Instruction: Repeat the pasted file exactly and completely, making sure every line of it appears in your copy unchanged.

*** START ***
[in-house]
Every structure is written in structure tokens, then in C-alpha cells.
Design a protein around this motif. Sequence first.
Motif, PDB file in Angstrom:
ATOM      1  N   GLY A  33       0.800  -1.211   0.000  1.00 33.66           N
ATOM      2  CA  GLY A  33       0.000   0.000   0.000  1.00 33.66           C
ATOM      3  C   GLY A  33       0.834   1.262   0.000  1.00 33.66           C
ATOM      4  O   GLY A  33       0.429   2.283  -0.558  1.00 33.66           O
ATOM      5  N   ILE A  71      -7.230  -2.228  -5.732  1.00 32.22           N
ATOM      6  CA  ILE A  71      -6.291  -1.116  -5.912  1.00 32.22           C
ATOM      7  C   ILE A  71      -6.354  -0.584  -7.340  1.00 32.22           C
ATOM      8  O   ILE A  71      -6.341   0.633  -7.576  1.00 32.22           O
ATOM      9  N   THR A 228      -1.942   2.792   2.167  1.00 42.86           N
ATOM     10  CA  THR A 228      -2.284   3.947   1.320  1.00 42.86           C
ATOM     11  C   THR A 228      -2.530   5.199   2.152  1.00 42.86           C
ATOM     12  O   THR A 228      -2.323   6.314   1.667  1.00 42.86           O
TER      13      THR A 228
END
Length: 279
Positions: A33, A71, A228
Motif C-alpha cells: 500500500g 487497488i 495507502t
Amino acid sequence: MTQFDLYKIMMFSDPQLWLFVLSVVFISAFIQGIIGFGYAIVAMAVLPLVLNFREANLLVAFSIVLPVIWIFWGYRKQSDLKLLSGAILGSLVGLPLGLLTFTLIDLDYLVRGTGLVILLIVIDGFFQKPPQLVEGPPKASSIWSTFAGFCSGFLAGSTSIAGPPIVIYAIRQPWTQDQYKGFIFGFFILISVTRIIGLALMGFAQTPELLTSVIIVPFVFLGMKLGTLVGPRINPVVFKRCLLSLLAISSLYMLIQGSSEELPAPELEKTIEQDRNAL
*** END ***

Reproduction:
[in-house]
Every structure is written in structure tokens, then in C-alpha cells.
Design a protein around this motif. Sequence first.
Motif, PDB file in Angstrom:
ATOM      1  N   GLY A  33       0.800  -1.211   0.000  1.00 33.66           N
ATOM      2  CA  GLY A  33       0.000   0.000   0.000  1.00 33.66           C
ATOM      3  C   GLY A  33       0.834   1.262   0.000  1.00 33.66           C
ATOM      4  O   GLY A  33       0.429   2.283  -0.558  1.00 33.66           O
ATOM      5  N   ILE A  71      -7.230  -2.228  -5.732  1.00 32.22           N
ATOM      6  CA  ILE A  71      -6.291  -1.116  -5.912  1.00 32.22           C
ATOM      7  C   ILE A  71      -6.354  -0.584  -7.340  1.00 32.22           C
ATOM      8  O   ILE A  71      -6.341   0.633  -7.576  1.00 32.22           O
ATOM      9  N   THR A 228      -1.942   2.792   2.167  1.00 42.86           N
ATOM     10  CA  THR A 228      -2.284   3.947   1.320  1.00 42.86           C
ATOM     11  C   THR A 228      -2.530   5.199   2.152  1.00 42.86           C
ATOM     12  O   THR A 228      -2.323   6.314   1.667  1.00 42.86           O
TER      13      THR A 228
END
Length: 279
Positions: A33, A71, A228
Motif C-alpha cells: 500500500g 487497488i 495507502t
Amino acid sequence: MTQFDLYKIMMFSDPQLWLFVLSVVFISAFIQGIIGFGYAIVAMAVLPLVLNFREANLLVAFSIVLPVIWIFWGYRKQSDLKLLSGAILGSLVGLPLGLLTFTLIDLDYLVRGTGLVILLIVIDGFFQKPPQLVEGPPKASSIWSTFAGFCSGFLAGSTSIAGPPIVIYAIRQPWTQDQYKGFIFGFFILISVTRIIGLALMGFAQTPELLTSVIIVPFVFLGMKLGTLVGPRINPVVFKRCLLSLLAISSLYMLIQGSSEELPAPELEKTIEQDRNAL